Free vs. Paid Legal Research Tools
"Cost-conscious lawyers may ask themselves: Can we get by using only freely available research tools?"The article reminds readers that the free sources can rarely offer the added editorial value of the subscription-based commercial services (complicated noting up features, point-in-time searching, etc.).
"Chances are, the answer today is no. But free legal research tools continue to improve as new ones emerge and legal researchers everywhere are better off for them."
However, the article does point out an interesting development in the growth of professionally organized free services like CanLII (Canadian Legal Information Institute) that are rapidly coming to occupy a middle ground:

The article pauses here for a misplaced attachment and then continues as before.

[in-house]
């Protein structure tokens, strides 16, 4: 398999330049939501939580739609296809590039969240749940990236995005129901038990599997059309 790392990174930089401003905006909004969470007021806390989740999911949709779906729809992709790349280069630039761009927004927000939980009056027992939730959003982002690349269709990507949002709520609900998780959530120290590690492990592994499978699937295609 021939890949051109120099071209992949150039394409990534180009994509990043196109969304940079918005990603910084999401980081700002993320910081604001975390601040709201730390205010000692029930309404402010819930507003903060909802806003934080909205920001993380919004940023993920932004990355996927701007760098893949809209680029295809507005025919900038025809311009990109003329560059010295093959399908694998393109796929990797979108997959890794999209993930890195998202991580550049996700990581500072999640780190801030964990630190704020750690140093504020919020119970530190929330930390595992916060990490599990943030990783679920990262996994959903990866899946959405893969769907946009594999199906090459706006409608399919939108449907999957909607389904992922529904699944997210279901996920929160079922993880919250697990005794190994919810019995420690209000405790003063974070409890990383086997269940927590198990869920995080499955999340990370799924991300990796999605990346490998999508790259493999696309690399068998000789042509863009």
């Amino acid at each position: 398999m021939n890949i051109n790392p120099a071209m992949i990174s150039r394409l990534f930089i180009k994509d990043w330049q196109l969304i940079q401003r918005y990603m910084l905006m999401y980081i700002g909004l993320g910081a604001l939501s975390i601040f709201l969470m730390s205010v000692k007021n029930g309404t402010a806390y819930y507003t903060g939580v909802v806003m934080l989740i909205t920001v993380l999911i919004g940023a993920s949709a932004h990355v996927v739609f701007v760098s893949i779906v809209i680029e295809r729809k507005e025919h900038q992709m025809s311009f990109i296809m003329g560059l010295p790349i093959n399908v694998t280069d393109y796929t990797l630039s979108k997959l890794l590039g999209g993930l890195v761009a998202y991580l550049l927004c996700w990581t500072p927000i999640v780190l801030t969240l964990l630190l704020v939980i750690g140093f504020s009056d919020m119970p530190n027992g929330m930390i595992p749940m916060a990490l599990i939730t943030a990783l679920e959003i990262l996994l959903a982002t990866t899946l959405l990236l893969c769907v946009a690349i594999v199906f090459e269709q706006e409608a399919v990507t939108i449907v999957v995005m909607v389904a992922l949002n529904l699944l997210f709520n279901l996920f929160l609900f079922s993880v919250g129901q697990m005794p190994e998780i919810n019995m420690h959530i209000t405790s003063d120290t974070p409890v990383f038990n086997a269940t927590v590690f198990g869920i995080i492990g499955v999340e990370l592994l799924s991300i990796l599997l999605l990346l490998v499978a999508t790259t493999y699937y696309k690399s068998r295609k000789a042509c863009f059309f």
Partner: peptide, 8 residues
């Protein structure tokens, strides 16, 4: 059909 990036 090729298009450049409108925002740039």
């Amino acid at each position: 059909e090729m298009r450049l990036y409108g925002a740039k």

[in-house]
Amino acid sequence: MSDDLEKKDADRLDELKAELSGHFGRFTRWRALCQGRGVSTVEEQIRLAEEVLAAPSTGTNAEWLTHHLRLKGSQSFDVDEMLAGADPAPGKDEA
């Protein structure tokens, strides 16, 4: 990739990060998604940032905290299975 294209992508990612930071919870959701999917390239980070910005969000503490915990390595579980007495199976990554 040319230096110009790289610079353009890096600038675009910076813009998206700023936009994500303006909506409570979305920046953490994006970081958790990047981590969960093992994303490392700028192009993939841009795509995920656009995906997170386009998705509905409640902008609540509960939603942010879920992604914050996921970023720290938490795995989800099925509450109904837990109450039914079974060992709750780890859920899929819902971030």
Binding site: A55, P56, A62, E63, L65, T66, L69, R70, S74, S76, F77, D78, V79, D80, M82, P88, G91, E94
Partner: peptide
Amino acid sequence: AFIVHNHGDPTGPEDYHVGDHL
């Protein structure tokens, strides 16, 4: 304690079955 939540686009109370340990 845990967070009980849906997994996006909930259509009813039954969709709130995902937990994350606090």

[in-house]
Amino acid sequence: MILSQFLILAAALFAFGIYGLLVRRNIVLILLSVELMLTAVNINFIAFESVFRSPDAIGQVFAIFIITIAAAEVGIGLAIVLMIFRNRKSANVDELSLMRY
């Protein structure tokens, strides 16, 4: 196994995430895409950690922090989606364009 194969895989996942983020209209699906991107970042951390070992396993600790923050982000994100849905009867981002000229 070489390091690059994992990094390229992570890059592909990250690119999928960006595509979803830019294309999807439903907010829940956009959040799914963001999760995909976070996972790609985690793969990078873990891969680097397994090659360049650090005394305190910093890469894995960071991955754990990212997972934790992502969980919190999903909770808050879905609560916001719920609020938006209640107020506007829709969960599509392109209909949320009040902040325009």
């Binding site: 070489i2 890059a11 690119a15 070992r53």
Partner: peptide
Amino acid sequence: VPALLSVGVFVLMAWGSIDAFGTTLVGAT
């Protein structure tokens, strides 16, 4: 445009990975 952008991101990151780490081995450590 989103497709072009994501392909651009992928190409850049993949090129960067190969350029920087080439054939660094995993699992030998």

" 'The availability of a high-quality free site improves the standard of practice,' added [Catherine] Best, herself appointed by the Law Society of British Columbia as that province’s director on CanLII’s board. 'Many lawyers who practise on the margins can not afford commercial services, and many other lawyers don’t subscribe to commercial services because they don’t do much research. Others limit their use of commercial services because of the cost.' "
" 'Having something like CanLII available really can improve the standard of practice for the profession as a whole,' Best continued. "One of the reasons the law societies support CanLII is due to their competency mandate, and CanLII helps to fulfill that mandate.' "